pictures from the box making class in Kyneton Australia

The 2nd half of my Australia trip was with Glen Rundell, chairmaker in Kyneton, Victoria. Glen kindly hosted a class on making carved oak boxes. Here’s Glen & his son Tom working at carving during one  of our lunch breaks. 

He just happened to have some English oak he milled years ago, so we dove into carving; filling spaces as much as we could.

practice carving

 

heads down, everybody at work

Nine students worked all week; learning the carving patterns, then sizing the oak for each box. Working out the wooden hinge; fitting a till – it’s a deceptive project. Lots has to happen just right.

raking light

 

notches for the till

The corners were glued and pegged, Glen made short work of shaving enough pegs for everyone…

square peg round hole

 

box ready for lid

We used Peter Ross’ hand-made nails (a bag of nails in your luggage gives the folks in the X-ray area at the airport something to look at…) to attach the bottoms, and the cleats under the lids.

nailing the bottom

 

who’s the rubber-necker on the left?

The students did great work. Here’s a shot of 7 boxes – one got away before the photo, one student took his box home to assemble.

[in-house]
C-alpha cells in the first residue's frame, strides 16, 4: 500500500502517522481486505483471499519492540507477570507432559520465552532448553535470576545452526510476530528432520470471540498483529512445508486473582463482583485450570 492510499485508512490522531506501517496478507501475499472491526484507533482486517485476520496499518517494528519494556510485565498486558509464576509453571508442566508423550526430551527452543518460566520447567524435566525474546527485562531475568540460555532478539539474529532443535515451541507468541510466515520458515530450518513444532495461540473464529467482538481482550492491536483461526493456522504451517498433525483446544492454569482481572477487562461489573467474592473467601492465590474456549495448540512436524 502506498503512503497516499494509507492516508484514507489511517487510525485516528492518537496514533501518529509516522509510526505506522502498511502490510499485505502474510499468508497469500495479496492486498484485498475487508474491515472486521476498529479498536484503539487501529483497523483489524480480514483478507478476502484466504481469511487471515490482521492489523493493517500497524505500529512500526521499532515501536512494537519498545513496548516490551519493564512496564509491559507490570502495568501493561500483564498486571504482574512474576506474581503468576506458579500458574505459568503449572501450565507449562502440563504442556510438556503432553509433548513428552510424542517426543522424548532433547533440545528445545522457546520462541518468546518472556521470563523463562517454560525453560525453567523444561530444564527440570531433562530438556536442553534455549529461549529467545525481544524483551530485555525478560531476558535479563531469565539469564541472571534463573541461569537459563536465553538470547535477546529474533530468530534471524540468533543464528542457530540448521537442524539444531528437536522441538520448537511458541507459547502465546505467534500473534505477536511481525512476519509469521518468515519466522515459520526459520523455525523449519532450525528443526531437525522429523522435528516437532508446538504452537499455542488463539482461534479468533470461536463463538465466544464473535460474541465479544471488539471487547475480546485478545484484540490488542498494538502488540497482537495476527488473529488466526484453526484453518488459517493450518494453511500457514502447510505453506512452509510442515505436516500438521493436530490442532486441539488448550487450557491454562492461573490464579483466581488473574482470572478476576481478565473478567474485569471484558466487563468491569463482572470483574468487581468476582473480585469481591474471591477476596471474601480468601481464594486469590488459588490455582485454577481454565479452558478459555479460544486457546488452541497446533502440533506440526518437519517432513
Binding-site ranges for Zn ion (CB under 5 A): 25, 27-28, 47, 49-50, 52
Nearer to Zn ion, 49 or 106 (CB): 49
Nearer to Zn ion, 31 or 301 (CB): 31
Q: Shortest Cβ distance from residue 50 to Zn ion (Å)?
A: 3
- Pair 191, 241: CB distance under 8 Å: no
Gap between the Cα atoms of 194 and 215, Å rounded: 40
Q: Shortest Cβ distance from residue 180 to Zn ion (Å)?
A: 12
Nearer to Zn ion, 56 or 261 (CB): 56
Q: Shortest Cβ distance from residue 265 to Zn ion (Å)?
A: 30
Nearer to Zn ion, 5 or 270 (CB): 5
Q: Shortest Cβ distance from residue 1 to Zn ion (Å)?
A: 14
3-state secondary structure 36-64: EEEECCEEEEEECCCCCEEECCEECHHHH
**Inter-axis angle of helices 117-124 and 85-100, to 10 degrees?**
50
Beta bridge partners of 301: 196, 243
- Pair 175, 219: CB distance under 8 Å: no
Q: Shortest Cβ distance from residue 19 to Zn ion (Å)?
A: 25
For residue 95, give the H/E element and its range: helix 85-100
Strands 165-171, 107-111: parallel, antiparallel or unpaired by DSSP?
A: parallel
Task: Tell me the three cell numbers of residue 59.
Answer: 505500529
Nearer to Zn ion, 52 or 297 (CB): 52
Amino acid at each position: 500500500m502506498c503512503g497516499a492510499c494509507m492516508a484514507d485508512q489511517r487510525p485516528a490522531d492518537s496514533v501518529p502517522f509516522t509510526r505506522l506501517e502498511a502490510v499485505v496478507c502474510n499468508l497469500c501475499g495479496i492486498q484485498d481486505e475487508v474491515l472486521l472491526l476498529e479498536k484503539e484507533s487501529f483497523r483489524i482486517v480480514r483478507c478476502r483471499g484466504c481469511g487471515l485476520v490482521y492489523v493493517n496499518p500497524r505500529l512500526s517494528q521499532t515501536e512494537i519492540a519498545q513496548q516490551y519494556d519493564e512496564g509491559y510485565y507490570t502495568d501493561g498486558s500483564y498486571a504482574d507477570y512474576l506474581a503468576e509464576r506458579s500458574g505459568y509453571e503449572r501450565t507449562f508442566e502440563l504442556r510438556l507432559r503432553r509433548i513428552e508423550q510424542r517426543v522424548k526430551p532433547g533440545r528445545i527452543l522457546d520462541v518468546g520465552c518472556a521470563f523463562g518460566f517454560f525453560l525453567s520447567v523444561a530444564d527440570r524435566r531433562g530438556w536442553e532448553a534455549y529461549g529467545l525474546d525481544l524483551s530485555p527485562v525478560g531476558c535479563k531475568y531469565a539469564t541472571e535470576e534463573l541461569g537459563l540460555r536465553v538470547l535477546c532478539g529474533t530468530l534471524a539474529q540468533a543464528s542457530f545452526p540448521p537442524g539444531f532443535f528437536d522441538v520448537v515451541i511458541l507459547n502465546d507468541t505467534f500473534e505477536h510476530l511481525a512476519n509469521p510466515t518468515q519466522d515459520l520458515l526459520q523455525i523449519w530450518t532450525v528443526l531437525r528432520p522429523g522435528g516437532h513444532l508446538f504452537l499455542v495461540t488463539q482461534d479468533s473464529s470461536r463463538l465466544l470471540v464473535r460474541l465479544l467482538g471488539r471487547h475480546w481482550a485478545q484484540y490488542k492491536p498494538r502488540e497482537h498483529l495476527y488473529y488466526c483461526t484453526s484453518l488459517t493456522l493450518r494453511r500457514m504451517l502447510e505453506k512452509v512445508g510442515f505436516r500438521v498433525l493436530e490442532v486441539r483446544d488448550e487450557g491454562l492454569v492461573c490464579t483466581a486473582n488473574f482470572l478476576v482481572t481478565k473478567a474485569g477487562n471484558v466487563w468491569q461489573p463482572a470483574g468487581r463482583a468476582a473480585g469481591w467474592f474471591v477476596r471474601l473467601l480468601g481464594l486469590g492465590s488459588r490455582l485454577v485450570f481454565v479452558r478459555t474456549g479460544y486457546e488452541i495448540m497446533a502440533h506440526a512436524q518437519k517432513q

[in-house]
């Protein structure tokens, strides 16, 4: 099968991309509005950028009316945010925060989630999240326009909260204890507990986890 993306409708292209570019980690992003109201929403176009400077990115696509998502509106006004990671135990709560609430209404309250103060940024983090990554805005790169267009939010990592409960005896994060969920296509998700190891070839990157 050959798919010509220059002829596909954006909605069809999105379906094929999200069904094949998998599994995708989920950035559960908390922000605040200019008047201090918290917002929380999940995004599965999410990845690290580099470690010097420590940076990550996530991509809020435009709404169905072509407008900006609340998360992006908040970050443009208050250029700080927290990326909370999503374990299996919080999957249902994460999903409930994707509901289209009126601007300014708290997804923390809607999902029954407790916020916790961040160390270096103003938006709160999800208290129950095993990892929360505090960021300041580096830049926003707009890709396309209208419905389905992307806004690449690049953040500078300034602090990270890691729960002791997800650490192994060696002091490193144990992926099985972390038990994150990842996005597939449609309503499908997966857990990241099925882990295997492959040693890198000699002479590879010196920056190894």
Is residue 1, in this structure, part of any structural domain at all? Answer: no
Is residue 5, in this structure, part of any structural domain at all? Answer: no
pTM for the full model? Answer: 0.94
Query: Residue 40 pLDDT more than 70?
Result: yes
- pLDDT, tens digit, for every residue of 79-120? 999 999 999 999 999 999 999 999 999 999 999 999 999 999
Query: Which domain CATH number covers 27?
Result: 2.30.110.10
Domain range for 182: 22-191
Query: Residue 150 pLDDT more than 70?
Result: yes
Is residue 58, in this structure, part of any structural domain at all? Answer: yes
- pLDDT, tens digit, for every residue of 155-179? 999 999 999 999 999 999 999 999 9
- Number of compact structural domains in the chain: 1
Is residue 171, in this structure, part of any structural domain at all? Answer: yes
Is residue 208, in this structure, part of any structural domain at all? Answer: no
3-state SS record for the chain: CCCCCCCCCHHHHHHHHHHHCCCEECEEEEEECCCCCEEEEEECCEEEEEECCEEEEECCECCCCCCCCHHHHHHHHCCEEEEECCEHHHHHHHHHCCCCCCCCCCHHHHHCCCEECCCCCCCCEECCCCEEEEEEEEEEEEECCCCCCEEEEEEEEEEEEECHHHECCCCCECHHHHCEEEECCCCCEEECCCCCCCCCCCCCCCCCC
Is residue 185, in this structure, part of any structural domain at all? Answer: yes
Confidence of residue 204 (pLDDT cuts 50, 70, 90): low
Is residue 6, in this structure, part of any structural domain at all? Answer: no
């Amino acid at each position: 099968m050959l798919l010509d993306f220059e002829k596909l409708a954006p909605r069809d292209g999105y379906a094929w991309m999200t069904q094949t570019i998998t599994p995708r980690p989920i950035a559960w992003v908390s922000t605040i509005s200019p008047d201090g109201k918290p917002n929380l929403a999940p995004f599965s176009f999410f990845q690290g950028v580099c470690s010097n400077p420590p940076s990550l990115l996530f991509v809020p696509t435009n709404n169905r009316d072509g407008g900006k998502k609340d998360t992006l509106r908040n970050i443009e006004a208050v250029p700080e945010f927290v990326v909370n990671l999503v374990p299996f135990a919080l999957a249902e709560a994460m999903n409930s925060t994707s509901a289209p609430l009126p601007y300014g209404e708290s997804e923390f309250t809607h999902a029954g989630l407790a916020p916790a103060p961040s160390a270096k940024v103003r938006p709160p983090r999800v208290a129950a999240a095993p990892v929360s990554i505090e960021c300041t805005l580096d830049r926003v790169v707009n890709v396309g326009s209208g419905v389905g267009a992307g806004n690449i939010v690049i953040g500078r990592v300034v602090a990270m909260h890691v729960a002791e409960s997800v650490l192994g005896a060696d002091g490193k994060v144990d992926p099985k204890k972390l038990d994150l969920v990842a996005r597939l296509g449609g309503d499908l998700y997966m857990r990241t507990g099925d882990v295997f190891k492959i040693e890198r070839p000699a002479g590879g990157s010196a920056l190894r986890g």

It would take more than one blog post to cover Glen’s work. His website is here: https://www.rundellandrundell.com.au/  and Instragram https://www.instagram.com/rundellandrundell/?hl=en

Glen & his wife Lisa also run the Lost Trades Fair – an astounding event that I hope to see some day ttps://www.rundellandrundell.com.au/lost-trades-australia

There’s also a retail shop in Kyneton, used to be called “The Chairmaker’s Wife” but now I think it’s Lost Trades: The Artisans Store – https://www.rundellandrundell.com.au/shop

and a few more Australian birds:

First, New Holland honeyeater

Eastern spinebill

 

Red wattlebird

Yellow faced honeyeater

yellow faced honeyeater

Rainbow lorikeet

rainbow lorikeet
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